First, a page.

Geopolitical motives notwithstanding, Turkey’s own turbulent domestic political transformation has had reflections on its Central Asia strategy. Since the failed coup attempt of July 2016, Ankara has especially pressured Central Asian governments to close down schools operated by the Gulenist Terrorist Organization (FETÖ), as Ankara officially refers to the group, crack down on the network’s businesses and return high-level members of the network to Turkey. Uzbekistan had already closed down Gulenist schools in the late 1990s and Turkmenistan nationalized them in 2011 due to fears of Turkish interference in their domestic affairs and the potential spread of political Islam. Tensions with Kazakhstan and Kyrgyzstan on the fate of these schools remain.
Despite Turkey’s intensifying bilateral ties with the region, Turkey’s economic ties with Central Asian countries remain limited. Turkey’s trade volume with the five Central Asian states in 2018 was $6 billion, which amounted to a mere 1.5% of Turkey’s total foreign trade. Moreover, Central Asia has lost its importance for Turkey’s official development assistance policy. Contrary to its founding principles of offering socioeconomic development aid to Turkic-speaking countries, the Turkish Cooperation and Coordination Agency (TIKA) now mostly focuses on Syria, the Middle East and Africa.
Turkish investments are heavily concentrated in the construction sector throughout the region. Turkish contractors have completed projects worth billions of dollars in the region in the past three decades. The region is also significant for Turkey’s goal of becoming an energy hub. To that effect, Ankara expects a growing amount of Kazakh oil to be pumped through the Baku-Tbilisi-Ceyhan pipeline in the near future. Similarly, Ankara expects Turkmen gas to be connected to the Southern Gas Corridor through the Trans-Anatolian Natural Gas Pipeline (TANAP), the construction of which has recently been completed. However, the prospects of a Trans-Caspian pipeline that can deliver Turkmen gas to Azerbaijan are currently unknown. Given Turkmenistan’s dependence on China, it is unrealistic to expect a sea change on that front in the near future.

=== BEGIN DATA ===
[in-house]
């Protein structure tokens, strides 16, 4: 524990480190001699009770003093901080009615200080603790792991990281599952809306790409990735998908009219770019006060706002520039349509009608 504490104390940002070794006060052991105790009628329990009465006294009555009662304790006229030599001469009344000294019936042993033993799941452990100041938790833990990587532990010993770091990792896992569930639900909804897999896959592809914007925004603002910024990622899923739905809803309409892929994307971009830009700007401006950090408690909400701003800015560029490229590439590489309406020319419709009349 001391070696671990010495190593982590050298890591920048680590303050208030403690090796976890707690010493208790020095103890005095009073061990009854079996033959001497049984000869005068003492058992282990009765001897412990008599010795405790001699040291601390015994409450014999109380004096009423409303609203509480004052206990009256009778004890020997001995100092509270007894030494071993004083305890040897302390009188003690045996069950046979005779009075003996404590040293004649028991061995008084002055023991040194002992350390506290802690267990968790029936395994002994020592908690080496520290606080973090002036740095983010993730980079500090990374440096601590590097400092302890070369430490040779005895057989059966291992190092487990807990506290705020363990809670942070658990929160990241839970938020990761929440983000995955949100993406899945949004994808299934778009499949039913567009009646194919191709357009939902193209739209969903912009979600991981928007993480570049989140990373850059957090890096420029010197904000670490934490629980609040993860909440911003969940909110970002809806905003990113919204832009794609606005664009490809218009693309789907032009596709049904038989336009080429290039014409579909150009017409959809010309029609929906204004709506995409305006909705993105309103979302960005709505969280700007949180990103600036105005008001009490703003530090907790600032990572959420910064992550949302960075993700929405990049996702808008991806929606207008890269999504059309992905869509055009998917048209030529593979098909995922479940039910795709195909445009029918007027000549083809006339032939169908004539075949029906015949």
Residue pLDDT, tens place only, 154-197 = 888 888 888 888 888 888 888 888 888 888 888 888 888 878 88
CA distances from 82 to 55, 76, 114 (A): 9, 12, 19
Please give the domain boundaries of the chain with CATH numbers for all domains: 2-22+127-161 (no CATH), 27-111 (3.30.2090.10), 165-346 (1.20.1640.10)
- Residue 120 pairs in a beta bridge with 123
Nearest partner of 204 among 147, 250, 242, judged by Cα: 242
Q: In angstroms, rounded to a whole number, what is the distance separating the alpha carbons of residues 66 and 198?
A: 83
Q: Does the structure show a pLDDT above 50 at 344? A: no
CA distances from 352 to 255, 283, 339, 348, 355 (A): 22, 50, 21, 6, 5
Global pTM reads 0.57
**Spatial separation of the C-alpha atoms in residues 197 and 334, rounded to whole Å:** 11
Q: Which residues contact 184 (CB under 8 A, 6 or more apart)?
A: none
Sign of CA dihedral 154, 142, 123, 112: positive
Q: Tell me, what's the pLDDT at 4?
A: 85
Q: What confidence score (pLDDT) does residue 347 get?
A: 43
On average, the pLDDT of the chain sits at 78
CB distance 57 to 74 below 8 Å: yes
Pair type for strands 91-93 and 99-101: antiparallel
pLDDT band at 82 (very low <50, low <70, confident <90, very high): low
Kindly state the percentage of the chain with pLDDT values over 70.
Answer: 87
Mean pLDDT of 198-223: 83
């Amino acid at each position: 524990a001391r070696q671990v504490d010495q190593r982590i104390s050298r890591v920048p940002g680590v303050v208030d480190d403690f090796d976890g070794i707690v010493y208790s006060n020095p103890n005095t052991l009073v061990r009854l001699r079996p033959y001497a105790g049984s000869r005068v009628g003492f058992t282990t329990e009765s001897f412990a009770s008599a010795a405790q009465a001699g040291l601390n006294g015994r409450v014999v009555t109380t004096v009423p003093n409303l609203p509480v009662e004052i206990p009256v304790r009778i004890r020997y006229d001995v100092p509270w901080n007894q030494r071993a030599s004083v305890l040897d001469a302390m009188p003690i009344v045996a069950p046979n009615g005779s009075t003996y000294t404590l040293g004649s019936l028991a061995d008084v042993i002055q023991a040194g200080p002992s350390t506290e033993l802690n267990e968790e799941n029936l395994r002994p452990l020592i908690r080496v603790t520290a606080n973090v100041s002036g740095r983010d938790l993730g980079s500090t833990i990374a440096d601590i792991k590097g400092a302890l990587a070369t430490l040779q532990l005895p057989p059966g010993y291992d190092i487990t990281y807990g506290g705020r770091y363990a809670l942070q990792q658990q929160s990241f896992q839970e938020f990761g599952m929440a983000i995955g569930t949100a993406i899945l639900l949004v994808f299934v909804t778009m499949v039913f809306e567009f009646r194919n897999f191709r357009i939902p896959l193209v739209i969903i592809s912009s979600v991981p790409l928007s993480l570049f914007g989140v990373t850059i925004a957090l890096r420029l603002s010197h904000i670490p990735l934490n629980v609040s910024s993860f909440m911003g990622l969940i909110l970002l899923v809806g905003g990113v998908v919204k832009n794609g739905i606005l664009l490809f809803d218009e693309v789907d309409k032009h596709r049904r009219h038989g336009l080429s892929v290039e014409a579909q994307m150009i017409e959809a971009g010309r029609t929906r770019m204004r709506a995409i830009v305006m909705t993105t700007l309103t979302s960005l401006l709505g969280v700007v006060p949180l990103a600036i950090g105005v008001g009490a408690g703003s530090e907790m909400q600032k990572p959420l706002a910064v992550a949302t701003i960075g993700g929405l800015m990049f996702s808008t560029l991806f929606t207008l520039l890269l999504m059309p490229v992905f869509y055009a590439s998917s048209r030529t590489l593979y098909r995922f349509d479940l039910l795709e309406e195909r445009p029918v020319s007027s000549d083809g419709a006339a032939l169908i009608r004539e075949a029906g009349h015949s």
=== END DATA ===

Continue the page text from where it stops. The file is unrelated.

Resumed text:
Uzbekistan’s recent economic opening has been a source of excitement for the Turkish government and investors. Uzbekistan had long been an obstacle for a more vibrant Central Asia strategy for Turkey. Under former president Islam Karimov, Uzbekistan stayed away from Turkey-led cooperation initiatives in the region. Ankara therefore welcomed Shavkat Mirziyoyev’s rise to power in 2016. During Erdogan’s state visit to Tashkent in April 2018, the two governments signed twenty-four agreements in various fields. Uzbekistan’s potential participation in the Turkic Council will strengthen the organization. In addition, with a population of 30 million, the Uzbek market offers strong incentives for Turkish investors. With its vibrant private sector, Turkey can offer a good example for Uzbekistan’s domestic economic reform process.
The Road that Lies Ahead
Ankara will most likely never go back to its activism in Central Asia, which was visible in the 1990s. A joint Turkish strategy with the West is also unlikely. However, the institutionalization of Turkey’s ties with Central Asian states in the past decade has established a basis for stronger diplomatic and economic relations for the future. Turkey also regards Central Asian states as strategic partners in regional and global affairs. In the short-run, Ankara’s regional strategy will continue to focus on enhanced connectivity and energy projects, and the Turkic Council. For Turkey, the most important developments to watch in the near future will be the pace of Uzbekistan’s economic and political reform, Turkmenistan’s potential participation in the Southern Gas Corridor, and China’s BRI projects in the region, especially Kazakhstan.